Greek premier will meet with Merkel and Hollande in bailout extension talks
The Greek premier will be meeting with eurozone leaders this week to negotiate an extension to Greece's timetable for making financial reforms and retaining access to bailout funds.
(Page 2 of 2)
But Athens has faltered in the speed and effectiveness with which it has implemented the reforms, fuelling impatience by its creditors, notably Germany, which is the single largest contributor to the bailout.Skip to next paragraph
In Pictures Athens protests
Subscribe Today to the Monitor
"The truth is that Greece ... is suffering from a kind of credibility crisis," Juncker said.
In an appeal to German public opinion, Samaras told the popular mass-circulation Bild that his country needs more time to effectively implement reforms, but that this would not translate into needing more funds.
"Let me be very clear: we are not asking for extra money," Samaras was quoted as telling Bild. "We stand by our commitments and the implementation of all requirements. But we must encourage growth, because that reduces the financing gaps."
"All we want is a little 'air to breathe' to get the economy going and increase state income," Samaras added, without specifying any timeframe. "More time does not automatically mean more money."
Juncker said that any lengthening of the adjustment period "will depend on the finding of the troika mission."
Hinging on a favorable report from the troika is a massive €31.5 billion ($39.2 billion) bailout installment, without which Greece faces a chaotic default on its vast debts and a possible exit from the euro. A Greek exit would destabilize markets and economies around the world as other vulnerable countries in the eurozone are caught up in investor panic.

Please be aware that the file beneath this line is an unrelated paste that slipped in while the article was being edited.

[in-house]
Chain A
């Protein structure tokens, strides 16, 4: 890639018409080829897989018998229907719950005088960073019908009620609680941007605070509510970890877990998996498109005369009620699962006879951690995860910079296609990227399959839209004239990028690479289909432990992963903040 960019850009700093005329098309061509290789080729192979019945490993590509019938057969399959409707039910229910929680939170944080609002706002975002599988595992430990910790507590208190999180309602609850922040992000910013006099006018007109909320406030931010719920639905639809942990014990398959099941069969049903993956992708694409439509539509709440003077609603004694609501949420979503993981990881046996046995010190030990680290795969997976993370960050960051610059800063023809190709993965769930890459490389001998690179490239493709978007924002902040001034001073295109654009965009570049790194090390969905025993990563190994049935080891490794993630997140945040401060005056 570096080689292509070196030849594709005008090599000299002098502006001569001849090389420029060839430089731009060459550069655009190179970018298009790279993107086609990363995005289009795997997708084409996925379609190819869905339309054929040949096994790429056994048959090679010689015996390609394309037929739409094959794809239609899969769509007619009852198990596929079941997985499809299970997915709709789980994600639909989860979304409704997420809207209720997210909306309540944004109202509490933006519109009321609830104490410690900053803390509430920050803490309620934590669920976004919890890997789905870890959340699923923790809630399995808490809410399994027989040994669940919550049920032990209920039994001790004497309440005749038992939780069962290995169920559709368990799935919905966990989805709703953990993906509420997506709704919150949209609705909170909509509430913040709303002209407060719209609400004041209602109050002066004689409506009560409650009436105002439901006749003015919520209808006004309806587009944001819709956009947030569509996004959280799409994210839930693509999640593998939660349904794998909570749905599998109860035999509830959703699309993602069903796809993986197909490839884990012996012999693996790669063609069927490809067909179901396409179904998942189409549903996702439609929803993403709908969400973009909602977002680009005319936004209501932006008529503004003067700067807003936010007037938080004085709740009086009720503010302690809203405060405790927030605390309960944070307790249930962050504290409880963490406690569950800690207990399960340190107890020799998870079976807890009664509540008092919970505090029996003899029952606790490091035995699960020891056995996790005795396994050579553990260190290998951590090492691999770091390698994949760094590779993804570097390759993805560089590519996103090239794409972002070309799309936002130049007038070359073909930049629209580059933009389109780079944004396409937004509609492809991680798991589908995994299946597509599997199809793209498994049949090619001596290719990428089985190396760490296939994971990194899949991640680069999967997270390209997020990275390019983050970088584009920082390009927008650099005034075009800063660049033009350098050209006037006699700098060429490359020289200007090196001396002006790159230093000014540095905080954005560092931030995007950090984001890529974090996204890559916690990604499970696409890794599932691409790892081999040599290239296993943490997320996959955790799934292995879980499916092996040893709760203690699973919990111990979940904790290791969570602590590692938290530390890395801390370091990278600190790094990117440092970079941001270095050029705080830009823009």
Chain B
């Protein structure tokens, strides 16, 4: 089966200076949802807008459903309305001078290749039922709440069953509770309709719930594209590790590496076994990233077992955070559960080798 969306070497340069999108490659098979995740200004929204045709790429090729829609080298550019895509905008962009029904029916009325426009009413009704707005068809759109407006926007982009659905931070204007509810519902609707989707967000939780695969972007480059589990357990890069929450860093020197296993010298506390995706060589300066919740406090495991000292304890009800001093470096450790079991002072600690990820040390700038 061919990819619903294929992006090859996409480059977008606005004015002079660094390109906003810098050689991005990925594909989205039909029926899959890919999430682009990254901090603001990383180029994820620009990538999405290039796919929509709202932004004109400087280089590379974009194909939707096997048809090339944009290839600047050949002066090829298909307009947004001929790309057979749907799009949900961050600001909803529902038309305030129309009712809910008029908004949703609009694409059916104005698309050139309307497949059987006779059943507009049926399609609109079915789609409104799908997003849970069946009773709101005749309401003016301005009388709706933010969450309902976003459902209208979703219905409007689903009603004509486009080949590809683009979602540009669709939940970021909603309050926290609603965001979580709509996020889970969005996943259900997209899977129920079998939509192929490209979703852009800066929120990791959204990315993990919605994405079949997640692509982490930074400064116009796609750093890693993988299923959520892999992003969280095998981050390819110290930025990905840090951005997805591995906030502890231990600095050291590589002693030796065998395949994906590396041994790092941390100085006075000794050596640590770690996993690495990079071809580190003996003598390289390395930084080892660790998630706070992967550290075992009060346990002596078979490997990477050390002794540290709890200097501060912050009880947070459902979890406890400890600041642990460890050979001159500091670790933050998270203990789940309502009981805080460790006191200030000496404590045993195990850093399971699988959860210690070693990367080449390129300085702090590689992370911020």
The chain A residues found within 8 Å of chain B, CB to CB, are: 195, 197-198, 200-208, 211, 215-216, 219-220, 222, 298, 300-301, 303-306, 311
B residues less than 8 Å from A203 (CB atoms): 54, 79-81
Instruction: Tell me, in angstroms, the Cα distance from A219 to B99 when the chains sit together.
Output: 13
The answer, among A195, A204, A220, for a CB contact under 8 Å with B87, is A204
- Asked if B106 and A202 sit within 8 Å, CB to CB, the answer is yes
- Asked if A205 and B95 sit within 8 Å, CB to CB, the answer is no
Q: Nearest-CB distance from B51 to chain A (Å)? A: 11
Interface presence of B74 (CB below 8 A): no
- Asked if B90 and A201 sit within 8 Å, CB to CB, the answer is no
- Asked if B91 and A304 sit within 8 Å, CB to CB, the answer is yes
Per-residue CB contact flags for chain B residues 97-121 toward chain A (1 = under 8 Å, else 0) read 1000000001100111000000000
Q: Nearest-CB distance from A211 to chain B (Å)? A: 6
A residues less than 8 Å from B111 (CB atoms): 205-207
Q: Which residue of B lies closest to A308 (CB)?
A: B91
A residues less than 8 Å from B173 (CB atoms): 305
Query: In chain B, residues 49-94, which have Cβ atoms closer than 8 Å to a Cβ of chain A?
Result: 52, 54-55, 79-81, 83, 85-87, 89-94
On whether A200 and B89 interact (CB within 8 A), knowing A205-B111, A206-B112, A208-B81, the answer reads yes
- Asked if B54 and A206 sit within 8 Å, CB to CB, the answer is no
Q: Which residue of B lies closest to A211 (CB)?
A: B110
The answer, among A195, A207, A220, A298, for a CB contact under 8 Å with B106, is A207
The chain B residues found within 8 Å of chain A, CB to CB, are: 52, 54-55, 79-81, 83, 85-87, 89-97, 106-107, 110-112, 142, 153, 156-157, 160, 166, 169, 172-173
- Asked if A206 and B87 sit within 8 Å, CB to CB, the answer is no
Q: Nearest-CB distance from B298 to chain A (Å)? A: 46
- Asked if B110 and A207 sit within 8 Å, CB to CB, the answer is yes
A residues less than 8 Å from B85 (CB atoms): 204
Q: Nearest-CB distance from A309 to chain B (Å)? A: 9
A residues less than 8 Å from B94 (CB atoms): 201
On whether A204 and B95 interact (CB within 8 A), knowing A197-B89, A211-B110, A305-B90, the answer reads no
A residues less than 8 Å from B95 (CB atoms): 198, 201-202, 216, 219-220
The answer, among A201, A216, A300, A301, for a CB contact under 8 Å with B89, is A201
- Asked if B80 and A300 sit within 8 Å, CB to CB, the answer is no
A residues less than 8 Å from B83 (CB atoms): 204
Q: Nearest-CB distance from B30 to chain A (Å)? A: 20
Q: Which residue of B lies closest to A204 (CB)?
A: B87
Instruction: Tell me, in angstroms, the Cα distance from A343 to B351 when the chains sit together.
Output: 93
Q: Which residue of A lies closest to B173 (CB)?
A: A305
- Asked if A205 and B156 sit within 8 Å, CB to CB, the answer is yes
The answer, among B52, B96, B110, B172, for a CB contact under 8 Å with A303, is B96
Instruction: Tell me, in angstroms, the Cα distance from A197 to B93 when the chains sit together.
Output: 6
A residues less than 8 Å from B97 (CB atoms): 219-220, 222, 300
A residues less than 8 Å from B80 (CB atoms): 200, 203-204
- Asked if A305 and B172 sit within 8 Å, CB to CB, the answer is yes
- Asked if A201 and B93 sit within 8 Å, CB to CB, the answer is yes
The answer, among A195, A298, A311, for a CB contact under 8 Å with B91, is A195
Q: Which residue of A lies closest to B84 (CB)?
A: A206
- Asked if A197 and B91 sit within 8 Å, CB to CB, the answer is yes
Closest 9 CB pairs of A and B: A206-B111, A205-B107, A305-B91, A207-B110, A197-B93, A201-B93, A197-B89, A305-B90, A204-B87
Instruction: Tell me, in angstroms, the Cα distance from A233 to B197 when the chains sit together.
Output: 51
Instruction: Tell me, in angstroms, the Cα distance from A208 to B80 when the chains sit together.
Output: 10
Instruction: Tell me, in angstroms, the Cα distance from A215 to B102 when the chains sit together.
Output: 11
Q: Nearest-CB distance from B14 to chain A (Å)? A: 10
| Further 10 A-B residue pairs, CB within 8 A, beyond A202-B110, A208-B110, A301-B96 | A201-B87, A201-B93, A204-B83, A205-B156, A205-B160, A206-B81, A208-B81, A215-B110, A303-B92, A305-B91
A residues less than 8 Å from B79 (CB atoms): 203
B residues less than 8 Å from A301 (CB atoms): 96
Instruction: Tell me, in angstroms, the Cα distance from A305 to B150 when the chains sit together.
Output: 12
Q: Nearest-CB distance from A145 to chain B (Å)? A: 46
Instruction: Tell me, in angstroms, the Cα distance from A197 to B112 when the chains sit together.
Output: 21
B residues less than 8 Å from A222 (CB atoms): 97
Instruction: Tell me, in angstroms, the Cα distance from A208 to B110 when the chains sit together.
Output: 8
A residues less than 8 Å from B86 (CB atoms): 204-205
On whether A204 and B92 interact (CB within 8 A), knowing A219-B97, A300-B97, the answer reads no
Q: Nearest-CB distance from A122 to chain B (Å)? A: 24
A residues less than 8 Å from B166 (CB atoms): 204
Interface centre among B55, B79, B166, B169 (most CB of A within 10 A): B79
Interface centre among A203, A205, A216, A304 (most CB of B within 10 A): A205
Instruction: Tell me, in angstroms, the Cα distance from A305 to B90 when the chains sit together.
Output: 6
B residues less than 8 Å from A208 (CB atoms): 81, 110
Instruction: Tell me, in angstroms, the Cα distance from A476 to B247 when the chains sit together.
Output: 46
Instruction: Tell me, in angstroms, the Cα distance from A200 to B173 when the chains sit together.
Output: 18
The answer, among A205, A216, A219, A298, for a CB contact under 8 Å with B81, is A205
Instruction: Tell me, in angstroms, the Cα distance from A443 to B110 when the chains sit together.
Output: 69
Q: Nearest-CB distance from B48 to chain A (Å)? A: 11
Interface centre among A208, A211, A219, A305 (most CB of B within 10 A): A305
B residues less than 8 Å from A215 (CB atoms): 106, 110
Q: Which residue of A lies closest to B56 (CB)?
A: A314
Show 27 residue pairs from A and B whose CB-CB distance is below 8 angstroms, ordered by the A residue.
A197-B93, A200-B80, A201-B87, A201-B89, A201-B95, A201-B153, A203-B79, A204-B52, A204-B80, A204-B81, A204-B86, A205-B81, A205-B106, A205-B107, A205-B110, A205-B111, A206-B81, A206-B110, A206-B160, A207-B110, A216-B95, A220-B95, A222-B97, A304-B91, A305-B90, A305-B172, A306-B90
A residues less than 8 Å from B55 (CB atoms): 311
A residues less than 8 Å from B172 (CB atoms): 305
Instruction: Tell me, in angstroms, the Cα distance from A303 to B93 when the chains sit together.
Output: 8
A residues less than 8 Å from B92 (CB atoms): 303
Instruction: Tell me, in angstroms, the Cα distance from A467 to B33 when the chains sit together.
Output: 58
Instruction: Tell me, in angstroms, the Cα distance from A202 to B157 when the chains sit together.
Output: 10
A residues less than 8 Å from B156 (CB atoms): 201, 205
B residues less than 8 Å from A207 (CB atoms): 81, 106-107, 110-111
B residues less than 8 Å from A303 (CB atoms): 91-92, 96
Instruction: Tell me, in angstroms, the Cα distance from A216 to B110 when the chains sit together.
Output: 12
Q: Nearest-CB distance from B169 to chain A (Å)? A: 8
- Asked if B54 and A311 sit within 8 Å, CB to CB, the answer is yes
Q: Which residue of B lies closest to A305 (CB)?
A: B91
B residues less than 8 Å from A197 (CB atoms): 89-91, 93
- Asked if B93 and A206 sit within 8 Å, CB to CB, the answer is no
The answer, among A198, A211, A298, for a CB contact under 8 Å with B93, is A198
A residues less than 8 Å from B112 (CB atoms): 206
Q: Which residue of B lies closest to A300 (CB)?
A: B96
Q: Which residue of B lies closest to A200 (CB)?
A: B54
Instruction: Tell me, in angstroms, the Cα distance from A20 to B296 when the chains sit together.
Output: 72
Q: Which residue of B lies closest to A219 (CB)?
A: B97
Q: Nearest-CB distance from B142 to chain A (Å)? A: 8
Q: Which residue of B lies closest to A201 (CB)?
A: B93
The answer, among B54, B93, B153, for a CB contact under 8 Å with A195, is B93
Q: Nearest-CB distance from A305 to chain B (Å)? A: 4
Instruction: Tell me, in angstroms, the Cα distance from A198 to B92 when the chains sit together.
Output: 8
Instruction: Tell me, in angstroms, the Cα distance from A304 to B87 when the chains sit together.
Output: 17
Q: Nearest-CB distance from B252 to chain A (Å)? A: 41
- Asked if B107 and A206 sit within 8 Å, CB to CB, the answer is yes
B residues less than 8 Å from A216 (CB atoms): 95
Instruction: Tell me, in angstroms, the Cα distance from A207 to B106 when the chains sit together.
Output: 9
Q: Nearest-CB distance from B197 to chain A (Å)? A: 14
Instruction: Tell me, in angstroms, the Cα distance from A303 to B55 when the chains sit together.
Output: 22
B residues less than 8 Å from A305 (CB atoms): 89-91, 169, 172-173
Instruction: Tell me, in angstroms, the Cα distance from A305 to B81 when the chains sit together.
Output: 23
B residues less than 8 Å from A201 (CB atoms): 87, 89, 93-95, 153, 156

Juncker said it's now up to Greece, and Athens must redouble efforts to reduce its budget deficit, reform the public sector, accelerate a stumbling privatization process and open protected professions to competition.
"In fact this is the last chance, and Greek citizens have to know this," he said.
Juncker said Greece's fiscal efforts "have to be credible, they have to be identifiable and they have to be as strong as possible." He added, however, that a demanded new austerity drive aiming to save at least €11.5 billion ($14.3 billion) in 2013 and 2014 must not further aggravate the suffering of ordinary Greeks.
The new measures are expected to include further pension cuts, reductions in broader public sector salaries and the placement of thousands of civil servants in a "labor reserve," where they will draw reduced pay for a few years until retirement.
Samaras' two-month-old coalition government has promised to fully identify these cutbacks within the next couple of weeks, before the next troika inspection.
Geir Moulson in Berlin contributed to this report.